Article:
It was put on every year by a nearby church. Many who wanted to celebrate Easter came to hunt the seemingly countless number of brilliant-colored eggs. Further, there were other fun activities! At some point during the festivities, the Gospel of Jesus Christ was shared and people were given the opportunity to accept Jesus as their Savior. Many have been saved at that annual event over the years. The Holy Spirit didn’t cease to move because a pagan ritual was used to get them there. God can use whatever He chooses to do whatever He wills.
My challenge to you:
Regardless of your traditions, make sure Jesus is the centerpiece when you celebrate Easter. Use your traditions to point your children and others to Christ. Whether you stuff baskets with bunnies and eggs or gift bags with crosses and VeggieTales, let your primary focus be on celebrating the resurrected Savior, and thank Him for His sacrifice that brought the gift of Salvation to whoever is willing to receive it.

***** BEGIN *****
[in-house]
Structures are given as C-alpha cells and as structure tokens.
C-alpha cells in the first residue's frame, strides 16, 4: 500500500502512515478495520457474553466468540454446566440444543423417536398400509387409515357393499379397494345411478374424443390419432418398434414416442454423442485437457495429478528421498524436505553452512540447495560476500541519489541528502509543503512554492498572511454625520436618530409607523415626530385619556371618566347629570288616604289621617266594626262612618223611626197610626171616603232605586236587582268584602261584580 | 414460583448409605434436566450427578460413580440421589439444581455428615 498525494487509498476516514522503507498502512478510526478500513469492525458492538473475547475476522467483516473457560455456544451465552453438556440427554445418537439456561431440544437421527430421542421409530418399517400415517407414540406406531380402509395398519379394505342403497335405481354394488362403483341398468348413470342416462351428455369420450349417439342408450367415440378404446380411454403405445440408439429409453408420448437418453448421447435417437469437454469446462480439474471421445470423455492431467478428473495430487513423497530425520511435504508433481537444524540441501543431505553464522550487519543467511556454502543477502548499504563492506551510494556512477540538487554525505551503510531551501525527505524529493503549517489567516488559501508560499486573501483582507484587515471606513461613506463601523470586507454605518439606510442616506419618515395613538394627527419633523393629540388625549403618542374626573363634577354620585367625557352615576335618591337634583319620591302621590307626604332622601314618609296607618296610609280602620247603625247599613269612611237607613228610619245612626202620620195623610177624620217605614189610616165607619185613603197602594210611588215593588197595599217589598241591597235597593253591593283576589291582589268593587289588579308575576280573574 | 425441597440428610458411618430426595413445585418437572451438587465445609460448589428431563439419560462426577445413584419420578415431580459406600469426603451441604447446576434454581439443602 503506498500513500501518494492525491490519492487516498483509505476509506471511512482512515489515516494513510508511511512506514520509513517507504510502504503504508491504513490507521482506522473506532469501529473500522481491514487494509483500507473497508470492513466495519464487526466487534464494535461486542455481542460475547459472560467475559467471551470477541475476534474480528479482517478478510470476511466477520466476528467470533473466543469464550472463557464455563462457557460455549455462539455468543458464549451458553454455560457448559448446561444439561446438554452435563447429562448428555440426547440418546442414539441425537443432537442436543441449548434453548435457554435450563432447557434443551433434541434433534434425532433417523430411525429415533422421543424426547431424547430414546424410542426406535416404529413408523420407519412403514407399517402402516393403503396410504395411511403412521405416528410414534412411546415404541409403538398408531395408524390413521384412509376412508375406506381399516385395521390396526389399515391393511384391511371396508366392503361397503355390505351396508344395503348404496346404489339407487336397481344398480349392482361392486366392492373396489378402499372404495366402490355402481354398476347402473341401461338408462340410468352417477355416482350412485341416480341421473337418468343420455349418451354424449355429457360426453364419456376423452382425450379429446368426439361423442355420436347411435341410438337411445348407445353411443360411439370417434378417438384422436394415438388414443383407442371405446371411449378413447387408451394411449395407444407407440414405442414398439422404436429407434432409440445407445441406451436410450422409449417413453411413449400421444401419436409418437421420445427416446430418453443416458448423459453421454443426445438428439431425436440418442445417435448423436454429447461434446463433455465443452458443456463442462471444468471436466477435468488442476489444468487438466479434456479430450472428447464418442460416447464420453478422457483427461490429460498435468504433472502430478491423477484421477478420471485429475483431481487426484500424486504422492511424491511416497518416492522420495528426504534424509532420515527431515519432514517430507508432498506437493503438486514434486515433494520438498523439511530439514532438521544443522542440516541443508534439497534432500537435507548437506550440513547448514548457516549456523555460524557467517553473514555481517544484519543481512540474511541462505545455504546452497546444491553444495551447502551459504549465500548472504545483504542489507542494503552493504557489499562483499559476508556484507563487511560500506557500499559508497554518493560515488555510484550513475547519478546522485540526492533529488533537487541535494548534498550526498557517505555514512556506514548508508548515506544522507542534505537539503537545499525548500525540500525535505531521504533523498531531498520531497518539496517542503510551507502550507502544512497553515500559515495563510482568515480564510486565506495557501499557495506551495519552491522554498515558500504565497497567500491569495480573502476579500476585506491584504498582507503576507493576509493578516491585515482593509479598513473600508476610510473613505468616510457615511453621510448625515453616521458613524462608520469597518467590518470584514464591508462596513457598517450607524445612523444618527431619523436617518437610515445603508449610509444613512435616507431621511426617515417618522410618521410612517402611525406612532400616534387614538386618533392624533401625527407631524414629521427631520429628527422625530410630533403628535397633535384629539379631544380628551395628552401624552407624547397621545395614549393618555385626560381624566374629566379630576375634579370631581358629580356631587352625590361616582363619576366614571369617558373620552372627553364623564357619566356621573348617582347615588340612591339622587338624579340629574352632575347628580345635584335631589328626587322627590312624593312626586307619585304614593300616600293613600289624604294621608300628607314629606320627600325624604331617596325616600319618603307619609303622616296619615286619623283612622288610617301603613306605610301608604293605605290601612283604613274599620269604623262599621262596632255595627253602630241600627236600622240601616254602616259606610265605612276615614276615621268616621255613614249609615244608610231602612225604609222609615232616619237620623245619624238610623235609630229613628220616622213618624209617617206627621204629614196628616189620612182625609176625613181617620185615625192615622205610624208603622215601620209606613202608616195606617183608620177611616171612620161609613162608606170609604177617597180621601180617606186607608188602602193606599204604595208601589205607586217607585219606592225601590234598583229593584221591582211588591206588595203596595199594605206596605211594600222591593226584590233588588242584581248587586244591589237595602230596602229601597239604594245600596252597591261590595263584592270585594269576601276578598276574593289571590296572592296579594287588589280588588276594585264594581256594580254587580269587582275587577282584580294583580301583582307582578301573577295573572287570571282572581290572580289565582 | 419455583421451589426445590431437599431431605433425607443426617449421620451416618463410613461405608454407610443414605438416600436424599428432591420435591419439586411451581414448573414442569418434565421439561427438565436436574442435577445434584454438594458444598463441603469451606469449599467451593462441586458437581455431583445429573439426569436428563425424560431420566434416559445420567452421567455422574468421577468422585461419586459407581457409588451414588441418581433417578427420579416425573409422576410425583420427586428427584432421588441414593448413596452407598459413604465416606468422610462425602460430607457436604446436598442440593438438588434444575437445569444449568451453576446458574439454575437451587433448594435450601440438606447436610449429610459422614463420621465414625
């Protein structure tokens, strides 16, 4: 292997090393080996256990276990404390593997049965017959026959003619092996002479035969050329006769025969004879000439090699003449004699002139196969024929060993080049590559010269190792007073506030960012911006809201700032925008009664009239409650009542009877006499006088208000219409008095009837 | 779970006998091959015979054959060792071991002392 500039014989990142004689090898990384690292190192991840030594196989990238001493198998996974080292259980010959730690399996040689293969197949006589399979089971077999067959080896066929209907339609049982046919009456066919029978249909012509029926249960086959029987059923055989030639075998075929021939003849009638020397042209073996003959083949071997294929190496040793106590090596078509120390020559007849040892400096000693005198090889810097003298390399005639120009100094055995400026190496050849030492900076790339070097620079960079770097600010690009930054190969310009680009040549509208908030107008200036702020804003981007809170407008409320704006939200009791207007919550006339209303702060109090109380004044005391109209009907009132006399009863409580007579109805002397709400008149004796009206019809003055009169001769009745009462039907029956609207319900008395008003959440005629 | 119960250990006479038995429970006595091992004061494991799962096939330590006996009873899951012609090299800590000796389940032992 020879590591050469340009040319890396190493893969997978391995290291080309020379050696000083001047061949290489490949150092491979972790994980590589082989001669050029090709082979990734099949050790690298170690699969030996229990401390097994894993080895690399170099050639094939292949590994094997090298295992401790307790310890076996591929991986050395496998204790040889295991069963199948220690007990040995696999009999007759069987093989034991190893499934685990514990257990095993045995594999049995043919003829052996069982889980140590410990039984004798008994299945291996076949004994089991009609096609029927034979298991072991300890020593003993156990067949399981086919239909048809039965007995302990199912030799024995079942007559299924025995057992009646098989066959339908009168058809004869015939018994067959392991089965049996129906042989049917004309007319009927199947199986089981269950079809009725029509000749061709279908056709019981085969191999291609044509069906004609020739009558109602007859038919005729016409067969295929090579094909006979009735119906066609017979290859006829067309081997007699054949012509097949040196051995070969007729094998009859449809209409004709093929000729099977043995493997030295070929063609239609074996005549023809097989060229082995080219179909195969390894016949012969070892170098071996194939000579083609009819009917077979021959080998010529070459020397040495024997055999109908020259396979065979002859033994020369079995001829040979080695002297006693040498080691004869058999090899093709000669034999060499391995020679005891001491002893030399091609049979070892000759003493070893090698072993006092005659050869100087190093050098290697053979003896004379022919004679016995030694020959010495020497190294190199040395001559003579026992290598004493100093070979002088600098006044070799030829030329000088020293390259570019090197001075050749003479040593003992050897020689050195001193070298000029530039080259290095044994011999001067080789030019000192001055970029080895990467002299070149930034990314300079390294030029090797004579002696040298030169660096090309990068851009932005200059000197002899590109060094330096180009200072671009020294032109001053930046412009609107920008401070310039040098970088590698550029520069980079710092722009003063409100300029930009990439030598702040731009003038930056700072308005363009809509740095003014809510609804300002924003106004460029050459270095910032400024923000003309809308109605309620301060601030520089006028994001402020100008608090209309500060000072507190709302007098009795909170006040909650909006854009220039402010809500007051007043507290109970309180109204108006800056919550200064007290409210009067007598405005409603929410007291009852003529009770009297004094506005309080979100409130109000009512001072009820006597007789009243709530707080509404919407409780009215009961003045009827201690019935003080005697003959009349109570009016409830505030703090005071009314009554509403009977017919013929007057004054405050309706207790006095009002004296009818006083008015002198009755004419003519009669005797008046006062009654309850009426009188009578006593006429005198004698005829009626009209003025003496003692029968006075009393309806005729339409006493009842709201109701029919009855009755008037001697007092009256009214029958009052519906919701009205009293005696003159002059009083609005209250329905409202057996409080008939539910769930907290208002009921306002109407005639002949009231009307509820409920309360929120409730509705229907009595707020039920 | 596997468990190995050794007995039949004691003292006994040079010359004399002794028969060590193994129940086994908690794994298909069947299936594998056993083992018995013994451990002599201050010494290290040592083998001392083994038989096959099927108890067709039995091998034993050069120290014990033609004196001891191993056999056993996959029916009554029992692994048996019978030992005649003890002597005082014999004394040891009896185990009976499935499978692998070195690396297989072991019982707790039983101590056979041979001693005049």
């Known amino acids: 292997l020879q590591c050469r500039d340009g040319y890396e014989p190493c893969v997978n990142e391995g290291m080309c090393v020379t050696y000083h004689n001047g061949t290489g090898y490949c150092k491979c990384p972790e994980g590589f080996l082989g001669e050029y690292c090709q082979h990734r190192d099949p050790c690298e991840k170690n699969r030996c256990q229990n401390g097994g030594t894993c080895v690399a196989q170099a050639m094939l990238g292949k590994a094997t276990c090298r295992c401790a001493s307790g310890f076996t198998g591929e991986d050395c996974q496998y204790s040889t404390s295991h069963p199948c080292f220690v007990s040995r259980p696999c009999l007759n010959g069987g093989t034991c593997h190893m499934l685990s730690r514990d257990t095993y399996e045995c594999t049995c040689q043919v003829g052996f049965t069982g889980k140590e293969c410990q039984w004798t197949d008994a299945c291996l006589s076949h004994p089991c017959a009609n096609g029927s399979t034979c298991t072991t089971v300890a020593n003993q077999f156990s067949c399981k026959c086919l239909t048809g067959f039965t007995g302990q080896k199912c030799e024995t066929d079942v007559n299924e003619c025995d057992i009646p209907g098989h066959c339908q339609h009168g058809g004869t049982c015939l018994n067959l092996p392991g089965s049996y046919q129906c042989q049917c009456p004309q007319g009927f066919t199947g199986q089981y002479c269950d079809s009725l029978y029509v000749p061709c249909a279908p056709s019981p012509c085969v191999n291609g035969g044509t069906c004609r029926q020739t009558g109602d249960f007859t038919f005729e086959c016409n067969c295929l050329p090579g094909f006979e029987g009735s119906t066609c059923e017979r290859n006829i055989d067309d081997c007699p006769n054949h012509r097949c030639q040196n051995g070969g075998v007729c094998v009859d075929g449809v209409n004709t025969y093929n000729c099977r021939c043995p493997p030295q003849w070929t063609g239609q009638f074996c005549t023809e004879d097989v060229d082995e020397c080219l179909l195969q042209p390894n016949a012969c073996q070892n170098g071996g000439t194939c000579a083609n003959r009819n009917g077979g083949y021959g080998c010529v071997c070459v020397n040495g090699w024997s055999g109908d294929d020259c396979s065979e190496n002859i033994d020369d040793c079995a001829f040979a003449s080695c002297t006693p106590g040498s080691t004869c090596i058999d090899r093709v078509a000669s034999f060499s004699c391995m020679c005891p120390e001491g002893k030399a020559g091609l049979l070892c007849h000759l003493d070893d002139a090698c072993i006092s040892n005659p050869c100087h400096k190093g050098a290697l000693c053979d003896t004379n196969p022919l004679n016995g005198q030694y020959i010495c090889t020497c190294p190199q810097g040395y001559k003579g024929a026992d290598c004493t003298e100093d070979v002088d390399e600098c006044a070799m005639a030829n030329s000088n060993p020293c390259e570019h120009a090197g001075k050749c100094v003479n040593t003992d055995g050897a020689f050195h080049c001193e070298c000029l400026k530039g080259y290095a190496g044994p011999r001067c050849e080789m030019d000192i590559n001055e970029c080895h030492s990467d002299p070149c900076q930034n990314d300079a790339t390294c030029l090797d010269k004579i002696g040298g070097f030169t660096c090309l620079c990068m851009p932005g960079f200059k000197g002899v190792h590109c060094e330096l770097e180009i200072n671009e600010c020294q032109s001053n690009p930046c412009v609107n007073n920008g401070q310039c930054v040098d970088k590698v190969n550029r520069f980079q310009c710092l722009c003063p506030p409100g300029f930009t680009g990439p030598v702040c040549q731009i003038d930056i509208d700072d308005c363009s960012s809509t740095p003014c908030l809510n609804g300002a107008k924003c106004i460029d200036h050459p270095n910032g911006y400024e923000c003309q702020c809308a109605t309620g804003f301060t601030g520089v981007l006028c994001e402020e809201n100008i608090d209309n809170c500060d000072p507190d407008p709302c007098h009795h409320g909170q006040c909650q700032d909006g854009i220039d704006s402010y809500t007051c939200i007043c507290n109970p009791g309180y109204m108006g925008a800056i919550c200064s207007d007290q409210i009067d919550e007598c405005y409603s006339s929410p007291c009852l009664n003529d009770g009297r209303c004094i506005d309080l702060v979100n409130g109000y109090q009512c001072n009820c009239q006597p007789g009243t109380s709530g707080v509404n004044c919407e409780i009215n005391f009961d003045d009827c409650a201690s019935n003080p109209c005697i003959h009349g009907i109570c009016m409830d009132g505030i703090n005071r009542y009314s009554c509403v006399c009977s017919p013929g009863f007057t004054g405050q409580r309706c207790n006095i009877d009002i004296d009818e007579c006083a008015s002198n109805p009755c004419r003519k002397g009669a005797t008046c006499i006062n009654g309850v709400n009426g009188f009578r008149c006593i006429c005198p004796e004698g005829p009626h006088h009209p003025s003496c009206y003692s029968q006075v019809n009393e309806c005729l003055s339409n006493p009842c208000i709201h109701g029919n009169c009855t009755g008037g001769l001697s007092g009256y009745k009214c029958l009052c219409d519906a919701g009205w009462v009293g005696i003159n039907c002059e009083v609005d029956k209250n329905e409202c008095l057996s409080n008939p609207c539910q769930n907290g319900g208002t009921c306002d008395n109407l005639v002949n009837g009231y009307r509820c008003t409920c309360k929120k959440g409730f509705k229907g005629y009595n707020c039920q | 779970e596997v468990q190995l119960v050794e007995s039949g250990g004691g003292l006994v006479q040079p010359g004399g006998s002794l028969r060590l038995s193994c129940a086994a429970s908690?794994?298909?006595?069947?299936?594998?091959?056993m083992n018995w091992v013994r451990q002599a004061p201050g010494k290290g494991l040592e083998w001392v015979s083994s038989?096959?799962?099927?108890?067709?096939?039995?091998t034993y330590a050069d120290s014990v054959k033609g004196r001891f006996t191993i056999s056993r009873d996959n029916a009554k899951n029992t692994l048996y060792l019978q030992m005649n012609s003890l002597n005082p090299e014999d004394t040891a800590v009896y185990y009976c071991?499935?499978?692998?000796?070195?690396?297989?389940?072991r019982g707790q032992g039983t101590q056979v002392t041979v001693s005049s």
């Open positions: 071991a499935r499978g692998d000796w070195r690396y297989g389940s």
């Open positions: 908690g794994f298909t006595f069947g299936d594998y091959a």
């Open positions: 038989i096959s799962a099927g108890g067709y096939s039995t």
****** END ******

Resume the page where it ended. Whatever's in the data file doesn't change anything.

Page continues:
“On the first day of the week, very early in the morning, the women took the spices they had prepared and went to the tomb. They found the stone rolled away from the tomb, but when they entered, they did not find the body of the Lord Jesus. While they were wondering about this, suddenly two men in clothes that gleamed like lightning stood beside them. In their fright the women bowed down with their faces to the ground, but the men said to them, “Why do you look for the living among the dead? He is not here; he has risen! Remember how he told you, while he was still with you in Galilee: ‘The Son of Man must be delivered over to the hands of sinners, be crucified and on the third day be raised again.’ ”
Angie Camp is an author, speaker, and Christian Counselor. Aside from being a Mother and Grandmother “Peaches,” her primary focus is walking with women and girls along their journey from brokenness to healing, reminding them that the goal is not merely to survive, but to soar.